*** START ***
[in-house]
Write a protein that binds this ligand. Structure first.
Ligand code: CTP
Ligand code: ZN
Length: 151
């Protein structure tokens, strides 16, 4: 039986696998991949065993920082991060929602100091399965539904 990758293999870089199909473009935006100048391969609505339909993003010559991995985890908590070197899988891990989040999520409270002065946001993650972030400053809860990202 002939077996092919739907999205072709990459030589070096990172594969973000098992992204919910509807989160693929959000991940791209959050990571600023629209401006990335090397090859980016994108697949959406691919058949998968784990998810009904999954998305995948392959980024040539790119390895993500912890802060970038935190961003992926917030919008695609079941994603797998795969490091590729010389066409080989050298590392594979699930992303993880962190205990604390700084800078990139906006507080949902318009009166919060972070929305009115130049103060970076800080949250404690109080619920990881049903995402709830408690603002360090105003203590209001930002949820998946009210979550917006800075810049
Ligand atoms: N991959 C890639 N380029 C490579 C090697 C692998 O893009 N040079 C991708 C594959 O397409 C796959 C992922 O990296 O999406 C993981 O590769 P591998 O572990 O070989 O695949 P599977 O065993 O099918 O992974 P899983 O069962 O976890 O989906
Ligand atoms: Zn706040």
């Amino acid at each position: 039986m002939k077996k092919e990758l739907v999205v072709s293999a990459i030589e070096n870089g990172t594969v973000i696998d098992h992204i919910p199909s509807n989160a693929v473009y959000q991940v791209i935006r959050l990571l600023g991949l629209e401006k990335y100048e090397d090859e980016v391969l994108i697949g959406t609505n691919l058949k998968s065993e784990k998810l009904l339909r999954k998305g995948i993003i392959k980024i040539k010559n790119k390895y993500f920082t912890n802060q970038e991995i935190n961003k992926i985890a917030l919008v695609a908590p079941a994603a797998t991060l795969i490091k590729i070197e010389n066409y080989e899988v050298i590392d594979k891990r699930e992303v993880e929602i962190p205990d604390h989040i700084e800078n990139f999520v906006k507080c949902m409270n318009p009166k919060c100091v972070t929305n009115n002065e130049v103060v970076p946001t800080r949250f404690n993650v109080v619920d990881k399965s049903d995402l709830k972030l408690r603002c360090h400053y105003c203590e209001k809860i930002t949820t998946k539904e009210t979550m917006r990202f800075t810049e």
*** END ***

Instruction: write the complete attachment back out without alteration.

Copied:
[in-house]
Write a protein that binds this ligand. Structure first.
Ligand code: CTP
Ligand code: ZN
Length: 151
């Protein structure tokens, strides 16, 4: 039986696998991949065993920082991060929602100091399965539904 990758293999870089199909473009935006100048391969609505339909993003010559991995985890908590070197899988891990989040999520409270002065946001993650972030400053809860990202 002939077996092919739907999205072709990459030589070096990172594969973000098992992204919910509807989160693929959000991940791209959050990571600023629209401006990335090397090859980016994108697949959406691919058949998968784990998810009904999954998305995948392959980024040539790119390895993500912890802060970038935190961003992926917030919008695609079941994603797998795969490091590729010389066409080989050298590392594979699930992303993880962190205990604390700084800078990139906006507080949902318009009166919060972070929305009115130049103060970076800080949250404690109080619920990881049903995402709830408690603002360090105003203590209001930002949820998946009210979550917006800075810049
Ligand atoms: N991959 C890639 N380029 C490579 C090697 C692998 O893009 N040079 C991708 C594959 O397409 C796959 C992922 O990296 O999406 C993981 O590769 P591998 O572990 O070989 O695949 P599977 O065993 O099918 O992974 P899983 O069962 O976890 O989906
Ligand atoms: Zn706040």
């Amino acid at each position: 039986m002939k077996k092919e990758l739907v999205v072709s293999a990459i030589e070096n870089g990172t594969v973000i696998d098992h992204i919910p199909s509807n989160a693929v473009y959000q991940v791209i935006r959050l990571l600023g991949l629209e401006k990335y100048e090397d090859e980016v391969l994108i697949g959406t609505n691919l058949k998968s065993e784990k998810l009904l339909r999954k998305g995948i993003i392959k980024i040539k010559n790119k390895y993500f920082t912890n802060q970038e991995i935190n961003k992926i985890a917030l919008v695609a908590p079941a994603a797998t991060l795969i490091k590729i070197e010389n066409y080989e899988v050298i590392d594979k891990r699930e992303v993880e929602i962190p205990d604390h989040i700084e800078n990139f999520v906006k507080c949902m409270n318009p009166k919060c100091v972070t929305n009115n002065e130049v103060v970076p946001t800080r949250f404690n993650v109080v619920d990881k399965s049903d995402l709830k972030l408690r603002c360090h400053y105003c203590e209001k809860i930002t949820t998946k539904e009210t979550m917006r990202f800075t810049e």